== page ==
A perfect example of the Chet Atkins model used by greats like Duane Eddy


In 1954, the Fred Gretsch Company introduced its own artist signature guitar in response to the success of Gibson’s Les Paul guitar. The virtuoso country artist Chet Atkins was chosen, and with his input the model 6120 Chet Atkins Hollowbody was born. The guitar included features requested by Atkins, such as a 24.75" scale length, metal nut and Bigsby vibrato tailpiece. It also initially sported “kitschy” western designs intended to appeal to country music fans. Atkins disliked the extra cosmetic decorations and had them gradually removed as he and the guitar became more popular.

The 1957 6120 (serial # 25017) pictured here has all the traits typical to that year: Horseshoe headstock inlay (replacing steer’s head of ’54–’56), hump-top block fingerboard markers (replacing the rectangular blocks of ’56), and a “Bar” bridge (replacing the aluminum Bigsby compensated bridge of ’54–’56). De Armond single-coil pickups were still used in 1957, although they would be replaced in 1958 with the new Filtertron humbuckers Atkins preferred. These twangy De Armond pickups would help to create the signature sound of rock ‘n’ roll icon Duane Eddy. Eddy purchased a 6120 very similar to this one in October 1957 and went on to have numerous instrumental hits. More detailed information on Gretsch guitars can be found in The Gretsch Book by Tony Bacon and Paul Day and in The Guitars of the Fred Gretsch Company by Jay Scott.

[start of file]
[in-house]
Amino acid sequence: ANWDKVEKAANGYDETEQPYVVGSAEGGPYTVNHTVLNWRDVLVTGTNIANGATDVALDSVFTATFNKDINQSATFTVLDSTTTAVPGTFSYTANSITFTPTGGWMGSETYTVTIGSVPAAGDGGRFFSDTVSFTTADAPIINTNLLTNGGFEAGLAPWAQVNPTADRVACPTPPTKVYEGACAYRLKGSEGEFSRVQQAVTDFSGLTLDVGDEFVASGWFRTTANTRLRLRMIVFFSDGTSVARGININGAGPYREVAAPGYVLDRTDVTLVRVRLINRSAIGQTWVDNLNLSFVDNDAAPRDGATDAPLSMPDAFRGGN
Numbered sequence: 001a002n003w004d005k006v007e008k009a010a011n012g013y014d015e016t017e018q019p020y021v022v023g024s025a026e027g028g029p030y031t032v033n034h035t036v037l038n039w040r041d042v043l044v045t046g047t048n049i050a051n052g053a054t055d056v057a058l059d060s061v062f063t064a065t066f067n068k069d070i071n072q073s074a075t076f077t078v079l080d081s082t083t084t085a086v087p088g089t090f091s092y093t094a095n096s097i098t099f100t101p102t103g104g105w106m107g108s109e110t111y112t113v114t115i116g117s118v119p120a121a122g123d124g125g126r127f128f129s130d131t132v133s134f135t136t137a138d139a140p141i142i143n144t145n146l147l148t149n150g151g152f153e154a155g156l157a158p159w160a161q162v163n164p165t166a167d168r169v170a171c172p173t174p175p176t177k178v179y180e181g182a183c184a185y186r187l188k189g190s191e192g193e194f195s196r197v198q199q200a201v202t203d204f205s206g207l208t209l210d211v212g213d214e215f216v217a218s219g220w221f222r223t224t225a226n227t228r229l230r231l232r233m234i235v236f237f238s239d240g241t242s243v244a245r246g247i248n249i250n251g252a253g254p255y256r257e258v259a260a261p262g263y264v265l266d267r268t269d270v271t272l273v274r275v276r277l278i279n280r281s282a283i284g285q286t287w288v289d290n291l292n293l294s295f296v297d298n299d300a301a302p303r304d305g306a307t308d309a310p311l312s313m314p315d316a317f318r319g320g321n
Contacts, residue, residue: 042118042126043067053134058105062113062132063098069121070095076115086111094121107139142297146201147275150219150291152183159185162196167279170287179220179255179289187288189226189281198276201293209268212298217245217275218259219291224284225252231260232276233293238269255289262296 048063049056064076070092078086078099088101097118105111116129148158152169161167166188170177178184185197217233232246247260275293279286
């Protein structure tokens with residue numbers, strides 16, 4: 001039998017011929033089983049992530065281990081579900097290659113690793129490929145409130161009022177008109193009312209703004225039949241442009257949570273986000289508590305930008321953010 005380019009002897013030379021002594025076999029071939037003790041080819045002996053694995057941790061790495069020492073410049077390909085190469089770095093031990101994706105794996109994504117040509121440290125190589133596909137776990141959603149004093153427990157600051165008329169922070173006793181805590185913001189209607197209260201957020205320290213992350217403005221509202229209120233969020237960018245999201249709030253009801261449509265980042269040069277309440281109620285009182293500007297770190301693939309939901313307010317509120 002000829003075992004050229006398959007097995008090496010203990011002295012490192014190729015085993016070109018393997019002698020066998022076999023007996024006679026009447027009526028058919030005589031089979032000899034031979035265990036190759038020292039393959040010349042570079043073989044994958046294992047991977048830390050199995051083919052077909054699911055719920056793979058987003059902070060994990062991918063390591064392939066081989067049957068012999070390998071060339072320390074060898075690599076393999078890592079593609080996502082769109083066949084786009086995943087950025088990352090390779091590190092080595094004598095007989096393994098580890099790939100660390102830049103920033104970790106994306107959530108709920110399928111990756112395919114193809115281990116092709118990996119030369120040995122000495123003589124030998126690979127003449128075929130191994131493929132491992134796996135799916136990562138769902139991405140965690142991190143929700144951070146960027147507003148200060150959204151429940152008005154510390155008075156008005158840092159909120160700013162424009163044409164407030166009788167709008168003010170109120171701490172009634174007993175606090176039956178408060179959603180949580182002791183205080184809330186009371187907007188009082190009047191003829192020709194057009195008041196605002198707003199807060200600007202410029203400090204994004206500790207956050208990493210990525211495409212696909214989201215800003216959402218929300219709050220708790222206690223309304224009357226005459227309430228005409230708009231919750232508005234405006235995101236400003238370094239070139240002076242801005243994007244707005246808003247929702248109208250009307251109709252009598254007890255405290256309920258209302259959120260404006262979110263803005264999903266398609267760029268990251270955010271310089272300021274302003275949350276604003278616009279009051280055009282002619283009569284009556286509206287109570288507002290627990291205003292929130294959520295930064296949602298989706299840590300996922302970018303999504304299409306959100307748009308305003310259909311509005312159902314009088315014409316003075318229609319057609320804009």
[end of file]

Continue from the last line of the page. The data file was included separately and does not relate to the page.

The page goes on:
Dave's Guitar Shop
Daves Rogers’ Collection is tended to by Laun Braithwaite & Tim Mullally Photos and words by Tim Mullally Dave’s Collection is on display at:
Dave's Guitar Shop
1227 Third Street South
La Crosse, WI 54601

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